Tuesday, December 11, 2018 13:15

Try Catch Finally

Continuing from the last lesson, we now know that every time we deal with codes that might generate errors, we should use a Try Catch code construct. You should also know that this great construct offers one more great feature, a Finally block. This block of code is executed no matter how the execution left the Try Catch part, so this means that it will execute even when errors were thrown. This is great because, as in our previous lesson example, we might have codes that need to perform some actions when we are done with them. Specifically, lets say that we are dealing with reading or writing a file. If an exception is thrown while performing such actions, the part where we actually close the stream to the said file and release it might not get executed. In other words, that file will remain locked, thinking it is still handled by our code. We won’t be able to move, rename or delete it until we close the connection of our code to it.

That’s why, using a Finally block code, which gets executed every single time we run the Try block, we can put the codes for releasing the file inside it, ensuring that no matter what happens, we will not block it.

The basic form of a Finally block looks like this:

Of course, we can also use the exception handling parts too:

I said above that the code in a Finally block will execute every single time, regardless of anything happening in the Try or Catch blocks. Be aware though, I meant that it will execute whenever we run a Try block, not on its own. We cannot have a Finally block without a Try block attached to it. Also notice that the Finally block will not be executed if the program gets terminated from the exterior, like closing it in Task Manager.

Although we ca have multiple Catch blocks attached to a Try construct, we can only have one unique Finally block attach to a Try one.

Now, let’s take the example of reading a file from the previous lesson and analyse it a bit:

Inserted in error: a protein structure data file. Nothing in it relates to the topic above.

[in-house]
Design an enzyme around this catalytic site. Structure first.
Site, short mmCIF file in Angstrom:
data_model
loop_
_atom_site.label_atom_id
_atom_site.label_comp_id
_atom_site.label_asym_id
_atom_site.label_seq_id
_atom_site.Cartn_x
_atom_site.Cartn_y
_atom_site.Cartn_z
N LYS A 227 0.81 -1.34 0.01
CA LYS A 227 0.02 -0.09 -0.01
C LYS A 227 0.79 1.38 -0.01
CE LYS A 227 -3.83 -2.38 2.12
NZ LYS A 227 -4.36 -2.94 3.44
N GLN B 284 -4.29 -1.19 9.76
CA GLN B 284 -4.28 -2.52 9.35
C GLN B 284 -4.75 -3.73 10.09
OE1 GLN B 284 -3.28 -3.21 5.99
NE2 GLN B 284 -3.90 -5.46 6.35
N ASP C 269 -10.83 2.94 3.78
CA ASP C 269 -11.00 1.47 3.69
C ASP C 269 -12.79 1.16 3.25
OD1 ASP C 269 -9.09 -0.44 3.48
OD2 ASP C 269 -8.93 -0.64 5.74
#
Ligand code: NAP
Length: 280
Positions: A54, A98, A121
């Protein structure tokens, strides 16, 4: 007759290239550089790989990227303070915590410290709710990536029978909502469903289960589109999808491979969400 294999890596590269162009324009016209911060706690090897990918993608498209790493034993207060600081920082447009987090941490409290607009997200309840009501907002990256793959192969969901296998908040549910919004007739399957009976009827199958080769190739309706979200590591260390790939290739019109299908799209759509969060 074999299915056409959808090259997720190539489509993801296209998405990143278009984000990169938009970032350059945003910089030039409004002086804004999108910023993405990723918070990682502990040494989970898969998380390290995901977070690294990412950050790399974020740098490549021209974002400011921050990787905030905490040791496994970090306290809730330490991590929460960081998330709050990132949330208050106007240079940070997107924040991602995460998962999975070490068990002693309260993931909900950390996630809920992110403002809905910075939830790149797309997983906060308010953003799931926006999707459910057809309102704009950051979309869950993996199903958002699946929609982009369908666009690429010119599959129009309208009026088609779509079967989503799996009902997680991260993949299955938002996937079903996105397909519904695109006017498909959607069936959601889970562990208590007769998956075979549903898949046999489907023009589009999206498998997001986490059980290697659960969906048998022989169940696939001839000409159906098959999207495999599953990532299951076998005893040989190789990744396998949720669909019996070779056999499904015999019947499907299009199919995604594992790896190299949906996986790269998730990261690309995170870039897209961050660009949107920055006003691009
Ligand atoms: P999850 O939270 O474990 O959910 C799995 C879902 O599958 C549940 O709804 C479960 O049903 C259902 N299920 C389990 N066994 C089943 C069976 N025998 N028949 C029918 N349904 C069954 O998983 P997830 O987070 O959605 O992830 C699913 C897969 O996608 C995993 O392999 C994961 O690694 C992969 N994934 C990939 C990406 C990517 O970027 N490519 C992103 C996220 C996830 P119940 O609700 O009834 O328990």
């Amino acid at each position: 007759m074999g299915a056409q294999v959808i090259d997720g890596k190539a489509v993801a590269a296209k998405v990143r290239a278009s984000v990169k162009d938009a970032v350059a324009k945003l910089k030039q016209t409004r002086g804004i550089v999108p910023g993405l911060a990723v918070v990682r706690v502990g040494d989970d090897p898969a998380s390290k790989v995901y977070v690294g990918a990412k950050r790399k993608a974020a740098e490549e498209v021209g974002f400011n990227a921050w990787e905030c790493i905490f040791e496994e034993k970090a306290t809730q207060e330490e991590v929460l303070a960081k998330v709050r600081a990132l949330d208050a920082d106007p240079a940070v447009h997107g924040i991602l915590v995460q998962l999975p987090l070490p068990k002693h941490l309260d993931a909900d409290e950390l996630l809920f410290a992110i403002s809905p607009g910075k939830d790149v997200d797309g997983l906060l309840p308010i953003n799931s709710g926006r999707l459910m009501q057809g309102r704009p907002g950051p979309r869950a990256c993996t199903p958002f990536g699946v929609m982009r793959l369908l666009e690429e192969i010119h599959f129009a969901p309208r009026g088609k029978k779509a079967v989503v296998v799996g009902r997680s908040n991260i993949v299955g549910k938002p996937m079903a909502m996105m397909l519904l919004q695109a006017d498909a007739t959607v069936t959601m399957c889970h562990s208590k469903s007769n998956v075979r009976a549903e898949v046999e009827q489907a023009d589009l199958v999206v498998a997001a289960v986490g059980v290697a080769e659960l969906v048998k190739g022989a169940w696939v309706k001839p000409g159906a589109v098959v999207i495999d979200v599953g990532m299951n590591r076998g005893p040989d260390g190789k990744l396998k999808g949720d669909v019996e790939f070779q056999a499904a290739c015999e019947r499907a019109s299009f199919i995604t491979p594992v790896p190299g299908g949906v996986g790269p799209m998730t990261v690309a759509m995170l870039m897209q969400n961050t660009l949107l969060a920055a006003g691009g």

We can clearly see that the  reader.Close(); code, the one responsible for releasing the file, is on the last line of our Try block. But, what happens if we would get an error on the second line, while reading the file? Then, the execution would be transferred to the Catch block, and the line releasing the file will never be executed. We just got ourselves a file that we cannot modify, move, delete, rename, etc, until we close our program, and it gets released. Instead, let’s re-think our code, using the Finally construct:

You can see a few differences. The first one is, obviously, the fact that we added a Finally construct to our Try block. Second thing you notice is the fact that we declared the  reader before we started the Try block, outside of it. If you remember from the lesson about scope, a variable declared inside a block is visible just inside that block, and all the other blocks that are child blocks of the block where the variable is declared. So, everything inside it, nothing outside of it. Consequently, if we were to declare the variable inside the Try block, it would only be visible for the codes inside that block, and any blocks that live inside it. However, the Finally block is a completely different block, at same level with the Try one. This means that the reader variable would not be visible and recognized inside it. By declaring it outside of both the Try and the Finally blocks, it is visible inside both of them, and we can perform actions on it. Third thing to notice is that when we declared our reader variable, we also initialized it, and we initialized it as null. This is because, remember the way to initialize a reader variable is by giving it the path to a filename. But if the file does not exist, we would get an exception of type System.IO.FileNotFoundException. We don’t want to do that outside our Try block, or it will crash our program. That’s why, we declare it as null, and only initialize it inside the Try part. This also leads us to the fourth thing you should notice: inside our Finally block, we must check if the reader variable is not null, before we try to close it. This is because, what if the file does not exist? We initialized our variable as null, and if the file does not exist, we will get an exception inside the Try block, which will transfer the execution to the Catch blocks. But that will still leave our variable as null, as we initialized it first time. And we cannot perform any action on a null variable, including trying to close a reader. If we did that, we would also get an exception, and since that exception would be thrown outside a Try block, our program would still crash.

 

Comments

comments

Tags: , ,

Leave a Reply